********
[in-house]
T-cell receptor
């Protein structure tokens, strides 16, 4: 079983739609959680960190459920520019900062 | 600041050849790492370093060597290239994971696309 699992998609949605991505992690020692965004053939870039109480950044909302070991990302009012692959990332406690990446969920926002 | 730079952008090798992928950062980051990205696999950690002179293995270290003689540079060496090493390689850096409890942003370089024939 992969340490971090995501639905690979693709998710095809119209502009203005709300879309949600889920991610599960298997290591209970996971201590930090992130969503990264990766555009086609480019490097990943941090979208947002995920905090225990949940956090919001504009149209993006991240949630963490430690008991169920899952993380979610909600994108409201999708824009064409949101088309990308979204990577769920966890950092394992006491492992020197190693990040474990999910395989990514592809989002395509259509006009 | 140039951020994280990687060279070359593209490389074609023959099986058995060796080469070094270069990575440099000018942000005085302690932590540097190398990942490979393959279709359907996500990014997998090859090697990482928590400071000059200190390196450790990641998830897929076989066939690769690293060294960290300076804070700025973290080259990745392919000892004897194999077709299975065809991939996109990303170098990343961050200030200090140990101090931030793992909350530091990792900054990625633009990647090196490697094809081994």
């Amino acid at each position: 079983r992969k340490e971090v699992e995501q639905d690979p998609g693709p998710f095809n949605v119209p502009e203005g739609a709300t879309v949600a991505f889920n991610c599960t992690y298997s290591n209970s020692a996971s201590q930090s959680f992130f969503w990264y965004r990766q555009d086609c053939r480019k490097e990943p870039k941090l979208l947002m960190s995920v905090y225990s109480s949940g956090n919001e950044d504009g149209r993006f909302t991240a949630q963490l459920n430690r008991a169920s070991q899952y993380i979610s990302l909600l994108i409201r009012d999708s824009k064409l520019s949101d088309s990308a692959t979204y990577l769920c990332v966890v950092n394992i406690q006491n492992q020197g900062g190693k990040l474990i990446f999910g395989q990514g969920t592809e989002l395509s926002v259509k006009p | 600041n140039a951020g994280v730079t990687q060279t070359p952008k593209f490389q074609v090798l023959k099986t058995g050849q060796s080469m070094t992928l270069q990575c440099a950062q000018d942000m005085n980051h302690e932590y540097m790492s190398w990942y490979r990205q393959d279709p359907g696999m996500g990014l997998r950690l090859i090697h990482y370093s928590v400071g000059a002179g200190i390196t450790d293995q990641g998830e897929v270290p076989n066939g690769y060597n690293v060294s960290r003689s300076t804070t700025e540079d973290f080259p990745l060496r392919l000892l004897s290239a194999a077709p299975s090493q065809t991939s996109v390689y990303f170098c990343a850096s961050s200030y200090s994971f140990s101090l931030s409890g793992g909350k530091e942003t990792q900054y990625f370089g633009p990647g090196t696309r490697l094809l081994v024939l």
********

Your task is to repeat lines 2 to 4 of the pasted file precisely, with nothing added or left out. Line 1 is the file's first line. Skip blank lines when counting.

T-cell receptor
């Protein structure tokens, strides 16, 4: 079983739609959680960190459920520019900062 | 600041050849790492370093060597290239994971696309 699992998609949605991505992690020692965004053939870039109480950044909302070991990302009012692959990332406690990446969920926002 | 730079952008090798992928950062980051990205696999950690002179293995270290003689540079060496090493390689850096409890942003370089024939 992969340490971090995501639905690979693709998710095809119209502009203005709300879309949600889920991610599960298997290591209970996971201590930090992130969503990264990766555009086609480019490097990943941090979208947002995920905090225990949940956090919001504009149209993006991240949630963490430690008991169920899952993380979610909600994108409201999708824009064409949101088309990308979204990577769920966890950092394992006491492992020197190693990040474990999910395989990514592809989002395509259509006009 | 140039951020994280990687060279070359593209490389074609023959099986058995060796080469070094270069990575440099000018942000005085302690932590540097190398990942490979393959279709359907996500990014997998090859090697990482928590400071000059200190390196450790990641998830897929076989066939690769690293060294960290300076804070700025973290080259990745392919000892004897194999077709299975065809991939996109990303170098990343961050200030200090140990101090931030793992909350530091990792900054990625633009990647090196490697094809081994």
């Amino acid at each position: 079983r992969k340490e971090v699992e995501q639905d690979p998609g693709p998710f095809n949605v119209p502009e203005g739609a709300t879309v949600a991505f889920n991610c599960t992690y298997s290591n209970s020692a996971s201590q930090s959680f992130f969503w990264y965004r990766q555009d086609c053939r480019k490097e990943p870039k941090l979208l947002m960190s995920v905090y225990s109480s949940g956090n919001e950044d504009g149209r993006f909302t991240a949630q963490l459920n430690r008991a169920s070991q899952y993380i979610s990302l909600l994108i409201r009012d999708s824009k064409l520019s949101d088309s990308a692959t979204y990577l769920c990332v966890v950092n394992i406690q006491n492992q020197g900062g190693k990040l474990i990446f999910g395989q990514g969920t592809e989002l395509s926002v259509k006009p | 600041n140039a951020g994280v730079t990687q060279t070359p952008k593209f490389q074609v090798l023959k099986t058995g050849q060796s080469m070094t992928l270069q990575c440099a950062q000018d942000m005085n980051h302690e932590y540097m790492s190398w990942y490979r990205q393959d279709p359907g696999m996500g990014l997998r950690l090859i090697h990482y370093s928590v400071g000059a002179g200190i390196t450790d293995q990641g998830e897929v270290p076989n066939g690769y060597n690293v060294s960290r003689s300076t804070t700025e540079d973290f080259p990745l060496r392919l000892l004897s290239a194999a077709p299975s090493q065809t991939s996109v390689y990303f170098c990343a850096s961050s200030y200090s994971f140990s101090l931030s409890g793992g909350k530091e942003t990792q900054y990625f370089g633009p990647g090196t696309r490697l094809l081994v024939l």